Defense, Archival Pigment Print, 2019, 121 x 210 cm, ed. 12 + 3 AP und 165 x 300 cm, ed. 12 + 3 AP
Amboseli, Kenya, 2019
The 18 elephants in this group probably weigh as much as five London double-decker buses. I am not sure how they have managed to line up in descending height order for me, but that is exactly what happened in the dustbowl of the Amboseli dry lake one glorious evening in late August. It is a formidable group to be staring down at a single human lying on the ground in front of them. These encounters, on this raw and elemental amphitheatre, are one of nature’s great spectacles. Unfortunately, there have been very few in the last year as the lake has been flooded. I have learnt that the best lens for a head on encounter is a 200mm - it allows room for some distance between me and the elephants - necessary from a safety perspective, without using too much magnification which can crush the emotion and sense of place.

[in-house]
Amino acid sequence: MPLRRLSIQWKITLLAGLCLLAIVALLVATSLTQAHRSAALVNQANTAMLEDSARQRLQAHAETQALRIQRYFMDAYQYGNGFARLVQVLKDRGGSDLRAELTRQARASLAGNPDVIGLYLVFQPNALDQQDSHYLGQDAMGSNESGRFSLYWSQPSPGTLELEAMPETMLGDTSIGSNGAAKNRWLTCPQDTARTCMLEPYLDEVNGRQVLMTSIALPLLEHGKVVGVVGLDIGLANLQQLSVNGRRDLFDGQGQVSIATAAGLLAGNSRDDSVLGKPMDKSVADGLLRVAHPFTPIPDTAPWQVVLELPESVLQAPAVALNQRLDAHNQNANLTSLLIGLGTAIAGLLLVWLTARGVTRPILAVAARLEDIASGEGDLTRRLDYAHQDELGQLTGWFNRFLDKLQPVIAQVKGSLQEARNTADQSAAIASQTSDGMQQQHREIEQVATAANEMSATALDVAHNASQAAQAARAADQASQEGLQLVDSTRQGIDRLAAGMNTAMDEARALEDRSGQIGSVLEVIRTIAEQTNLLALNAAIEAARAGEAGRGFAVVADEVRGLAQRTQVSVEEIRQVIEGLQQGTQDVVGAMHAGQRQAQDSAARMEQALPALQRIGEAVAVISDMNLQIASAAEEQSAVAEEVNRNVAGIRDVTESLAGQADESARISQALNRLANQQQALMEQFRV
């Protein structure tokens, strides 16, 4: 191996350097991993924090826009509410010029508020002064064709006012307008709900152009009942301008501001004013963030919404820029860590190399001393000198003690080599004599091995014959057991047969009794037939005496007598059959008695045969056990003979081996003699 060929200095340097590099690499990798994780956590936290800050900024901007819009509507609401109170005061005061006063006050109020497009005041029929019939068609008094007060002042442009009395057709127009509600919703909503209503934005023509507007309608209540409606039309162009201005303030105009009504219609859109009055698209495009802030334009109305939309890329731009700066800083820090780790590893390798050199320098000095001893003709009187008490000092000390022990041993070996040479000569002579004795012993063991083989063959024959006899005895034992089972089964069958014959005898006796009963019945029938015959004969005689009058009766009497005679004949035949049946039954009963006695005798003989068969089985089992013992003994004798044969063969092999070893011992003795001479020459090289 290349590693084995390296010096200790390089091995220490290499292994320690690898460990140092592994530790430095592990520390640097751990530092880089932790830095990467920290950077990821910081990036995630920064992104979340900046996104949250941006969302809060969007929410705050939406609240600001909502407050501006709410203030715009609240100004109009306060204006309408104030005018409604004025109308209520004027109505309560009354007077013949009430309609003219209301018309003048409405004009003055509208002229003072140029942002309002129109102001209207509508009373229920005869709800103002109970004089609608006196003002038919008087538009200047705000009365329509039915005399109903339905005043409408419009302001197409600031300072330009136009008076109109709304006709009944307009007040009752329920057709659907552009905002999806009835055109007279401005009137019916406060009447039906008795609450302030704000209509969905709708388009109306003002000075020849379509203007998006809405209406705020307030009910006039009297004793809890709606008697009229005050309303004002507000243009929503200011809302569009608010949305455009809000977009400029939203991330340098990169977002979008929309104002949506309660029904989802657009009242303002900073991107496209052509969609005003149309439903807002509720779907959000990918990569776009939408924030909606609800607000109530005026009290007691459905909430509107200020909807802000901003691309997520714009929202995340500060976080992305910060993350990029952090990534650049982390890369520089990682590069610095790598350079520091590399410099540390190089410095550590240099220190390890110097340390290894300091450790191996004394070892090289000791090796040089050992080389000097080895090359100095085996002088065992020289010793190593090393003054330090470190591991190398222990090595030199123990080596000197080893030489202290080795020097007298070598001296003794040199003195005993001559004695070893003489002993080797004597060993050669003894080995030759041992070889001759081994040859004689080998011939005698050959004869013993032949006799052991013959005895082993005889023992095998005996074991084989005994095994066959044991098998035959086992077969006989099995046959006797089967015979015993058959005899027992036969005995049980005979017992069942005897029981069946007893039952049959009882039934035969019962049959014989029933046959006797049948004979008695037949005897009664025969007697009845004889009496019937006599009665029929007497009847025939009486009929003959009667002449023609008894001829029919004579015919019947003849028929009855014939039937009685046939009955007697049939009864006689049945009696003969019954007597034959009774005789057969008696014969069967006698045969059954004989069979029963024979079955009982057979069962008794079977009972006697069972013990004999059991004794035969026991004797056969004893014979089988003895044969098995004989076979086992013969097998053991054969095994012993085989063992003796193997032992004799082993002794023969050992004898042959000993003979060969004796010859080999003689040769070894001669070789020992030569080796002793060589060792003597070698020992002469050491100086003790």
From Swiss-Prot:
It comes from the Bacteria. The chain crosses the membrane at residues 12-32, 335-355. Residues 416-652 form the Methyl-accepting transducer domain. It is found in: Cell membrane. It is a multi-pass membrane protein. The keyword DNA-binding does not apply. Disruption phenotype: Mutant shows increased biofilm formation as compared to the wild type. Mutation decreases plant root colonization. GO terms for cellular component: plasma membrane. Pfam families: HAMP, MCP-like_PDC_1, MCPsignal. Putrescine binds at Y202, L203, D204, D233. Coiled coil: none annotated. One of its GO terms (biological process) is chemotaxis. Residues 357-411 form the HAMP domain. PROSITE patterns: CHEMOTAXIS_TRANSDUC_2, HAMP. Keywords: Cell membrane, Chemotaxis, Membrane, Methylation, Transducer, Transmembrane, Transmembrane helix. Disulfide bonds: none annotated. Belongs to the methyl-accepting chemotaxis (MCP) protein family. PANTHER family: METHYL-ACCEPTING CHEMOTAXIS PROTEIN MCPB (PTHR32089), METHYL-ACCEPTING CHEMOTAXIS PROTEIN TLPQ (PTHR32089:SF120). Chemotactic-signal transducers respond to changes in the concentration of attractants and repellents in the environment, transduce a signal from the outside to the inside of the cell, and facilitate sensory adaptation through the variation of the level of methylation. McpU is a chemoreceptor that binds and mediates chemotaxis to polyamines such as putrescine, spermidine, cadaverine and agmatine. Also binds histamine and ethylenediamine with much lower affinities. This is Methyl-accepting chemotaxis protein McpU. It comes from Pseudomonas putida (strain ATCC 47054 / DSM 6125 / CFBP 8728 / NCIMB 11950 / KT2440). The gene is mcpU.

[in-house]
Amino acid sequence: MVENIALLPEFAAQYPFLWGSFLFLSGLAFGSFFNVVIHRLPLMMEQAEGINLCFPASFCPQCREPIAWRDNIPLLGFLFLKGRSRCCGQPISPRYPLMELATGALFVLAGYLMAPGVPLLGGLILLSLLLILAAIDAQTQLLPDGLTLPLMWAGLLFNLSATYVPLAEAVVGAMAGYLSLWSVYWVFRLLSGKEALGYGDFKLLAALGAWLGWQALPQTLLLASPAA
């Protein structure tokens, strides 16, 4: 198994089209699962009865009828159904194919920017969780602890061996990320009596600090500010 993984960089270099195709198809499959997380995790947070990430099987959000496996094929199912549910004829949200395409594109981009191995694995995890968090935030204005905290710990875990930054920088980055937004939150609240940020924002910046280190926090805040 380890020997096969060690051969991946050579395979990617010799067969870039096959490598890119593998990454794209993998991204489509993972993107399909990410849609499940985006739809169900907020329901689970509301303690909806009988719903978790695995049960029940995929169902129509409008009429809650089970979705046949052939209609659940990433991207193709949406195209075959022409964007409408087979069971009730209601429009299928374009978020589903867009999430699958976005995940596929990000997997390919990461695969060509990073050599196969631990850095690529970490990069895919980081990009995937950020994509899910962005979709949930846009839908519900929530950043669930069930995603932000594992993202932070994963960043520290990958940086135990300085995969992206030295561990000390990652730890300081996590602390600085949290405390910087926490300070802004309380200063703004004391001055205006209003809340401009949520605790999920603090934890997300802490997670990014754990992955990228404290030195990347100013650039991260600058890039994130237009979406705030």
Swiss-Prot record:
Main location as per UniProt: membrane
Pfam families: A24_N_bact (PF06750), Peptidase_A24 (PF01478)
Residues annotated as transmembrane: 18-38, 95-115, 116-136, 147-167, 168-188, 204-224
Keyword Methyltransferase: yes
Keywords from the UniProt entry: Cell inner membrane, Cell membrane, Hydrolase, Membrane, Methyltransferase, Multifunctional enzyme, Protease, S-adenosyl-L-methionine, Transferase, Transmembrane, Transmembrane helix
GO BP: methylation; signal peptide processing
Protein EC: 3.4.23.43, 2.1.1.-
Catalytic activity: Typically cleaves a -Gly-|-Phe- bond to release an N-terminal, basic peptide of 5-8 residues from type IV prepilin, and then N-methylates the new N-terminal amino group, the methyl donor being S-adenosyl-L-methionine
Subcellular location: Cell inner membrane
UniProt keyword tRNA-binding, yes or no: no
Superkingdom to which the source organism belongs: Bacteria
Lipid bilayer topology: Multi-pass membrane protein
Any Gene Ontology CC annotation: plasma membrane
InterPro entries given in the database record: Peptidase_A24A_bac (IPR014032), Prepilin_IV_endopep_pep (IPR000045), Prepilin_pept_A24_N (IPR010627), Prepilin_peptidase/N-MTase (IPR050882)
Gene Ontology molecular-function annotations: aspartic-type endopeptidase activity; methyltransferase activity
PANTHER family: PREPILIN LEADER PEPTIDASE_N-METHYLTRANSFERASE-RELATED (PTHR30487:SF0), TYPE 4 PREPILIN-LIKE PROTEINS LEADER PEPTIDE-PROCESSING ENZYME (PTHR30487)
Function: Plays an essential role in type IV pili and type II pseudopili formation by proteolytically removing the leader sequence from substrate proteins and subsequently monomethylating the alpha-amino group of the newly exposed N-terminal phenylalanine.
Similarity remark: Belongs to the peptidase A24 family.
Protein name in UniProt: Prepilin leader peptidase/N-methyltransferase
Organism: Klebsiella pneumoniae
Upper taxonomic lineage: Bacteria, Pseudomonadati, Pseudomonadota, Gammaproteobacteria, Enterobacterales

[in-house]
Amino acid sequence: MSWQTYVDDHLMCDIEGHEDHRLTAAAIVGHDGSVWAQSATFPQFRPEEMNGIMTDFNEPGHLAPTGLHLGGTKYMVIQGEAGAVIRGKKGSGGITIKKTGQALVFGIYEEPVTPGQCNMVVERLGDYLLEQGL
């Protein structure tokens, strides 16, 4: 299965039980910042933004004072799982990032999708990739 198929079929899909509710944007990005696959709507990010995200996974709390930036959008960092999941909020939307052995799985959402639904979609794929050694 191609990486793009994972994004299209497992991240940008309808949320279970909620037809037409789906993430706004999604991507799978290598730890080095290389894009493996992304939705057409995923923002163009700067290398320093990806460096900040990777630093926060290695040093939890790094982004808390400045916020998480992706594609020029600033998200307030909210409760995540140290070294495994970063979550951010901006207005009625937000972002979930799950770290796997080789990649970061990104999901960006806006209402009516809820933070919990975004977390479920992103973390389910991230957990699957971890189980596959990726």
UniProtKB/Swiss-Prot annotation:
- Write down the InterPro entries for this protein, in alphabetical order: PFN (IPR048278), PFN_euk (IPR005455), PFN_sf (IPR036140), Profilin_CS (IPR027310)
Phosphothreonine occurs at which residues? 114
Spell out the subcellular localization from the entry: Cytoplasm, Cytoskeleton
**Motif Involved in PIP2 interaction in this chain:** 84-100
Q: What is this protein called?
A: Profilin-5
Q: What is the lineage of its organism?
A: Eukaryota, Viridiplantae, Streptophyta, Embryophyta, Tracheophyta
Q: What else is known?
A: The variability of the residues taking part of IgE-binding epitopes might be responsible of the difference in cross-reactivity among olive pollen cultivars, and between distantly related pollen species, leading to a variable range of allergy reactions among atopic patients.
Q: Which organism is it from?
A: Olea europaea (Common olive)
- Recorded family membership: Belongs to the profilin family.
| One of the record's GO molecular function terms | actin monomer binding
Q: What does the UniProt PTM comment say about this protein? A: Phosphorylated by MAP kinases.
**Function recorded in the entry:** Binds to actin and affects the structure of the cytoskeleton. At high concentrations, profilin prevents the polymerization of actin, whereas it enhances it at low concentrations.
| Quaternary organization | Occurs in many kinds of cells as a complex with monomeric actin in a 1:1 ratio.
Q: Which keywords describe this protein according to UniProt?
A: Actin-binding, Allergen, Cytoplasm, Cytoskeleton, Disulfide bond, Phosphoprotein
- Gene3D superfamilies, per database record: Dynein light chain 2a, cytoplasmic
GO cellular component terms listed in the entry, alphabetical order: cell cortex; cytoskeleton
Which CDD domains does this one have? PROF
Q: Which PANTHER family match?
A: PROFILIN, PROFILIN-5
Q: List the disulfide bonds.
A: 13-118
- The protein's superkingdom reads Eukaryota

David Yarrow was born in Scotland and is currently based in London. David Yarrow is known for travelling the world’s remotest regions to capture compelling images of nature as we‘ve never seen it before, and is redefining wildlife photography in the process.
His monochrome photographs are bursting with life, vitality and movement, yet the majority of Yarrow’s subject matter, from rampaging bull elephants in Kenya to Inuit hunters and Bornean orangutans, is living on the brink of extinction. This is nature at its most majestic – and its most fragile.
Yarrow’s unorthodox camera angles and unique shooting methods transport the viewer right into the heart of the action; with split-second timing, he crystallises a single instant of drama into an image so immersive that it cannot be viewed in just a few moments. These are photographs to linger over.